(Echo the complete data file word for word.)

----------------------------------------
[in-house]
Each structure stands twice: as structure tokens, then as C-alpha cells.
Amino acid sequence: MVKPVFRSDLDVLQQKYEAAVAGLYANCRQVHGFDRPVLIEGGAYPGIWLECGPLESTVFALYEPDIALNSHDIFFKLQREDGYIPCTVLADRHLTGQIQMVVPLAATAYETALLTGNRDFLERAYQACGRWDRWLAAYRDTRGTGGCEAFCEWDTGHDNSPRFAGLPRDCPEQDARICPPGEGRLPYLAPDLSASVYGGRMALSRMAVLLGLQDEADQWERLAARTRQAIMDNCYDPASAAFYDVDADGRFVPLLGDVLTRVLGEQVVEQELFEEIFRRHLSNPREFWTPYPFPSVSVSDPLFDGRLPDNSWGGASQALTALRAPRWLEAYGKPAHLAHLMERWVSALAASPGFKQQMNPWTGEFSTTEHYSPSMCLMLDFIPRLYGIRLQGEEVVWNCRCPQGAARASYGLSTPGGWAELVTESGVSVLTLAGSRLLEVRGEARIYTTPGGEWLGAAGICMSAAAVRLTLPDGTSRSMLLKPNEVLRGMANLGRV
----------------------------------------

[in-house]
Each structure stands twice: as structure tokens, then as C-alpha cells.
Amino acid sequence: MVKPVFRSDLDVLQQKYEAAVAGLYANCRQVHGFDRPVLIEGGAYPGIWLECGPLESTVFALYEPDIALNSHDIFFKLQREDGYIPCTVLADRHLTGQIQMVVPLAATAYETALLTGNRDFLERAYQACGRWDRWLAAYRDTRGTGGCEAFCEWDTGHDNSPRFAGLPRDCPEQDARICPPGEGRLPYLAPDLSASVYGGRMALSRMAVLLGLQDEADQWERLAARTRQAIMDNCYDPASAAFYDVDADGRFVPLLGDVLTRVLGEQVVEQELFEEIFRRHLSNPREFWTPYPFPSVSVSDPLFDGRLPDNSWGGASQALTALRAPRWLEAYGKPAHLAHLMERWVSALAASPGFKQQMNPWTGEFSTTEHYSPSMCLMLDFIPRLYGIRLQGEEVVWNCRCPQGAARASYGLSTPGGWAELVTESGVSVLTLAGSRLLEVRGEARIYTTPGGEWLGAAGICMSAAAVRLTLPDGTSRSMLLKPNEVLRGMANLGRV